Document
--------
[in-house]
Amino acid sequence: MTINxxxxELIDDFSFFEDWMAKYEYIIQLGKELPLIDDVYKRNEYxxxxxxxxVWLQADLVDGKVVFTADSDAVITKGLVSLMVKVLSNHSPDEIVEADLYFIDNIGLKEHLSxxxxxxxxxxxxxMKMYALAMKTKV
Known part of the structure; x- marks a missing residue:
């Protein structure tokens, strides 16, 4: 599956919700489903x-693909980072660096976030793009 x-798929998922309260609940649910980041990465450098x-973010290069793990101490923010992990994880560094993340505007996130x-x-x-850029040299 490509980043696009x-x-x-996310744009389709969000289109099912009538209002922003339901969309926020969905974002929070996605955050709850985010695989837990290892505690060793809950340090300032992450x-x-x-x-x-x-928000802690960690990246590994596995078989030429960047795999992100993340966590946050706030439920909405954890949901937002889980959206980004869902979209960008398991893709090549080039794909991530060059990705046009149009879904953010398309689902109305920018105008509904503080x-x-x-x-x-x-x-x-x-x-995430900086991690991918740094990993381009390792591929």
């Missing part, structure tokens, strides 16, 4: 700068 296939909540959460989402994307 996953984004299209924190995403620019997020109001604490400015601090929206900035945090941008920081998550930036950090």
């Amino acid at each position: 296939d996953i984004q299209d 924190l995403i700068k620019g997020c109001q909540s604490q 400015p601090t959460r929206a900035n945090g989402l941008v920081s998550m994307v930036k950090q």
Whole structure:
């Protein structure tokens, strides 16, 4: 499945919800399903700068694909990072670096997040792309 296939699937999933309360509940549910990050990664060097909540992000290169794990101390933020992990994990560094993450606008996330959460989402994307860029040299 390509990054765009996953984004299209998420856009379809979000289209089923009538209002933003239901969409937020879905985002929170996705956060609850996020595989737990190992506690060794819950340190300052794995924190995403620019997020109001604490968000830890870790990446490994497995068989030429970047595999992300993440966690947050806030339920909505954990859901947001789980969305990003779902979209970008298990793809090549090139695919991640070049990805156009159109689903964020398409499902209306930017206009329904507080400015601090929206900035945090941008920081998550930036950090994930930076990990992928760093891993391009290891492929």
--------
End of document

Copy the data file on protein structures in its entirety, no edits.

[in-house]
Amino acid sequence: MTINxxxxELIDDFSFFEDWMAKYEYIIQLGKELPLIDDVYKRNEYxxxxxxxxVWLQADLVDGKVVFTADSDAVITKGLVSLMVKVLSNHSPDEIVEADLYFIDNIGLKEHLSxxxxxxxxxxxxxMKMYALAMKTKV
Known part of the structure; x- marks a missing residue:
């Protein structure tokens, strides 16, 4: 599956919700489903x-693909980072660096976030793009 x-798929998922309260609940649910980041990465450098x-973010290069793990101490923010992990994880560094993340505007996130x-x-x-850029040299 490509980043696009x-x-x-996310744009389709969000289109099912009538209002922003339901969309926020969905974002929070996605955050709850985010695989837990290892505690060793809950340090300032992450x-x-x-x-x-x-928000802690960690990246590994596995078989030429960047795999992100993340966590946050706030439920909405954890949901937002889980959206980004869902979209960008398991893709090549080039794909991530060059990705046009149009879904953010398309689902109305920018105008509904503080x-x-x-x-x-x-x-x-x-x-995430900086991690991918740094990993381009390792591929």
């Missing part, structure tokens, strides 16, 4: 700068 296939909540959460989402994307 996953984004299209924190995403620019997020109001604490400015601090929206900035945090941008920081998550930036950090």
């Amino acid at each position: 296939d996953i984004q299209d 924190l995403i700068k620019g997020c109001q909540s604490q 400015p601090t959460r929206a900035n945090g989402l941008v920081s998550m994307v930036k950090q």
Whole structure:
């Protein structure tokens, strides 16, 4: 499945919800399903700068694909990072670096997040792309 296939699937999933309360509940549910990050990664060097909540992000290169794990101390933020992990994990560094993450606008996330959460989402994307860029040299 390509990054765009996953984004299209998420856009379809979000289209089923009538209002933003239901969409937020879905985002929170996705956060609850996020595989737990190992506690060794819950340190300052794995924190995403620019997020109001604490968000830890870790990446490994497995068989030429970047595999992300993440966690947050806030339920909505954990859901947001789980969305990003779902979209970008298990793809090549090139695919991640070049990805156009159109689903964020398409499902209306930017206009329904507080400015601090929206900035945090941008920081998550930036950090994930930076990990992928760093891993391009290891492929």